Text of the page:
Sergei Lavrov left David Miliband tongue-tied after exchange: ‘Who the f**k are you?’

Sergei Lavrov says 'nazism is flourishing' in ceremony speech

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Russia will focus on deepening ties with China, according to Foreign Minister Sergei Lavrov, who has criticised western countries for developing “Russophobia” since the country invaded Ukraine earlier this year. Moscow has struggled under the weight of global sanctions, particularly from the West, which has largely put the brakes on any trade with the country. Many western-based companies have also ceased operations in Russia, pulling the plug on both cash flow and employment.

Lavrov, speaking at a Q&A session this week, said Russia was now working towards replacing western goods and would look to forge closer links with countries which do not “dance to some other piper’s music”, which, in addition to China, could include India, Vietnam, the Central Asian nations, and Cuba, all of whom have supported Russia in one way or another since the invasion began.

The Russian diplomat has held his current role since 2004, and is seen as a loyal ally of President Vladimir Putin.

Not one to mince his words, in 2008, he repeatedly swore at the then-UK Foreign Secretary David Miliband during a telephone conversation when the Labour man suggested that Russia should engage with then-Georgian President Mikheil Saakashvili.

Just a month earlier Russia had launched a full-scale invasion of Georgia and began occupying two self-proclaimed republics — 20 percent of Georgia’s geographic landmass — maintaining a great military presence there to this day.

At one point, according to the Evening Standard, Lavrov became so incensed that he reportedly hit back: “Who the f*** are you to lecture me?” when told of the EU’s frustration with the Kremlin.

The publication said he used “full-strength industrial language” to suggest that Mr Miliband knew nothing of Russia’s history, despite the fact that his grandfather Samuel served in the Red Army and his father was a leading Marxist theoretician.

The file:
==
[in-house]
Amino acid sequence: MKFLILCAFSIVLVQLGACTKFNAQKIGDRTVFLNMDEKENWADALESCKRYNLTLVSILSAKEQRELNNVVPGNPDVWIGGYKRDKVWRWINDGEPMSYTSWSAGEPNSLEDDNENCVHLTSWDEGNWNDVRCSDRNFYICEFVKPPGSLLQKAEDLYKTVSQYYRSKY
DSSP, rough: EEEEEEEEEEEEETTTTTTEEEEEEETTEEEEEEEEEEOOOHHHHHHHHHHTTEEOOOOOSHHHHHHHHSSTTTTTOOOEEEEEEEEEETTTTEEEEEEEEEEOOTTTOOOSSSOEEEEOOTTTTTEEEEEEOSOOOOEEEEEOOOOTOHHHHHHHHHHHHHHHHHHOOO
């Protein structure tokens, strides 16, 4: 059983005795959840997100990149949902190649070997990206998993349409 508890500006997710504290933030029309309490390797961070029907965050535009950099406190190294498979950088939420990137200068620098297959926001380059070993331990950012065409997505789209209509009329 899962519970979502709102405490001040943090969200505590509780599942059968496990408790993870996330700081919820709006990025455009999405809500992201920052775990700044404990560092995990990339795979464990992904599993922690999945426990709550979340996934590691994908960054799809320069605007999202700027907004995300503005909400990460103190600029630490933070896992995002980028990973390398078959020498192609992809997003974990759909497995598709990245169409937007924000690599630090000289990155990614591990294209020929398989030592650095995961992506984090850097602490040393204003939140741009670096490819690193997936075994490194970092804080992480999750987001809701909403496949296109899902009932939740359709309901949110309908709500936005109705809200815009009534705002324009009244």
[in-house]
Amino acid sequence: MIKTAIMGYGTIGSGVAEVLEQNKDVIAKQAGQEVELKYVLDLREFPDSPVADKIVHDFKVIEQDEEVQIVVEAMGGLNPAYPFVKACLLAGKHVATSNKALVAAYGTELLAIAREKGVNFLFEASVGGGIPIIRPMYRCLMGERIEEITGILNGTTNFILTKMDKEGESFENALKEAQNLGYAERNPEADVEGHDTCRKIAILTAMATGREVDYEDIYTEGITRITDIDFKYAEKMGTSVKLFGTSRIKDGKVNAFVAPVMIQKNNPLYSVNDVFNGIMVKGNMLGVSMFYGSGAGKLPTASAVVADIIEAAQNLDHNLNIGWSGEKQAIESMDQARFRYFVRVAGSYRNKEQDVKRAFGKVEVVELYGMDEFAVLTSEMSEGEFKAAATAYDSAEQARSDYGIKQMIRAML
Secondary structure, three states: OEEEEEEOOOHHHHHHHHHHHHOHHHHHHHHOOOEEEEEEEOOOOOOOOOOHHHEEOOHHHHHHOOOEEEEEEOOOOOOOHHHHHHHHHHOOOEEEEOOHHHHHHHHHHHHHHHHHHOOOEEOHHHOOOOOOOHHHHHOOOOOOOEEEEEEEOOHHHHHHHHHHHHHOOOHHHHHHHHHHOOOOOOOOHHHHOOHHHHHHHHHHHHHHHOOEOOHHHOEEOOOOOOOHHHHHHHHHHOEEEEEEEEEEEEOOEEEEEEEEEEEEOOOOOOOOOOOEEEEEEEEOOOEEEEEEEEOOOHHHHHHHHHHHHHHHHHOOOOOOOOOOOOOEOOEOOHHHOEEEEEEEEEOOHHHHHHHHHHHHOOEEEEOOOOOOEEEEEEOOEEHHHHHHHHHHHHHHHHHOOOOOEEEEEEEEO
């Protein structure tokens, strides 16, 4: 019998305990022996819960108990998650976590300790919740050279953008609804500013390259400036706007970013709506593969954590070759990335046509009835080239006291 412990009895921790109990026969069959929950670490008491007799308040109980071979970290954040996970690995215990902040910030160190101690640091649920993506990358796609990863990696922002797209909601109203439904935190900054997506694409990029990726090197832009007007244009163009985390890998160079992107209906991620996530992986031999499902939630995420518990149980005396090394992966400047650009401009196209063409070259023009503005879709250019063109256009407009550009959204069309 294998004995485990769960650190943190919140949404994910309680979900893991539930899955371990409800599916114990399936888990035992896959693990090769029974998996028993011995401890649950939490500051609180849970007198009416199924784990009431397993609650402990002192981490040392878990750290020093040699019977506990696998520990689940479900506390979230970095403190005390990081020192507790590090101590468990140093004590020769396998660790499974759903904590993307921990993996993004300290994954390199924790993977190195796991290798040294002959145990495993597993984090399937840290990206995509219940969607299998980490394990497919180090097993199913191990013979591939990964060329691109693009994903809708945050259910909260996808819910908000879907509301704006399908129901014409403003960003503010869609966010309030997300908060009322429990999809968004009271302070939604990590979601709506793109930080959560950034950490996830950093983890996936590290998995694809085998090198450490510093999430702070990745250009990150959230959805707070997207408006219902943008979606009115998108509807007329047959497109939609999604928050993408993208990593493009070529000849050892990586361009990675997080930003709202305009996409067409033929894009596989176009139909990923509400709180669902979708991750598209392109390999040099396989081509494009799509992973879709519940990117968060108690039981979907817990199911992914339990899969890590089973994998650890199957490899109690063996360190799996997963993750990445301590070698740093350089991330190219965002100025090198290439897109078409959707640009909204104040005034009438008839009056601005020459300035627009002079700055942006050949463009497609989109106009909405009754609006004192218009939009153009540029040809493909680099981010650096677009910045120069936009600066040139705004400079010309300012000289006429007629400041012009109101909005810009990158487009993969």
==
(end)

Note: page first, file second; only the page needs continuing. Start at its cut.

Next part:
According to one insider, Lavrov used the F-bomb so many times that it was difficult to draft a readable note of the exchange.

A Whitehall source said: “It was effing this and effing that.

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“It was not what you would call diplomatic language. It was rather shocking.”

An insider close to Mr Miliband said he was surprised at the ferocity of the language used by Lavrov.

The tirade was said to have taken place shortly before Mr Miliband travelled to Ukraine to fly the flag of western democracy.

Lavrov’s uncompromising nature has earned him the nickname of Mr Nyet — Mr No — and some former world leaders have had a few choice words of their own for him.

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According to the Daily Telegraph, a former official from George W Bush’s administration once reportedly described him as a “complete a**hole”.

Lavrov was born near Moscow in 1950 and excelled at physics in school, but ended up studying at the Moscow State Institute of International Relations, putting him in good stead to land an internship at the Soviet Embassy in Sri Lanka aged 22.

He has walked the corridors of power ever since, spending ten years as Russia’s envoy to the UN before being appointed Foreign Minister in 2004.

In 2015, during a press conference discussing the fight against the Islamic State, Lavrov was heard mumbling “f***ing morons” in response to photographers snapping him moving his glass of water.

Meanwhile, discussing Russia’s plans to move closer to China, he said: “If they (the West) want to offer something in terms of resuming relations, then we will seriously consider whether we will need it or not.”

According to a transcript on the foreign ministry’s website, he added: “We must cease being dependent in any way on supplies of absolutely everything from the West for ensuring the development of critically important sectors for security, the economy or our homeland’s social sphere.”

He continued: “Now that the West has taken a ‘dictator’s position’, our economic ties with China will grow even faster.

“In addition to direct revenue for the state budget, this is a chance to develop (Russia’s) far east and eastern Siberia.”

He said China has information and communications technologies “that are in no way inferior to the West. A great deal here will ensure mutual benefits”.

Such information technologies, including social media, have been seriously curtailed in Russia since February 24, with many independent journalists facing the law for spreading news about the invasion.

While many are unable to use various social media sites like Facebook and Instagram, the country itself has been accused of spreading disinformation on such platforms through trolling farms in a bid to manipulate public opinion abroad about the war.

On Monday, the UK’s deputy ambassador James Roscoe told a UN Security Council meeting that Russia has carried out cyber-attacks and used “an online troll factory to spread disinformation and manipulate public opinion about their war”.

Similarly, US Ambassador Linda Thomas-Greenfield said the Russian government “intimidate and arrest journalists for reporting the truth about its invasion.”

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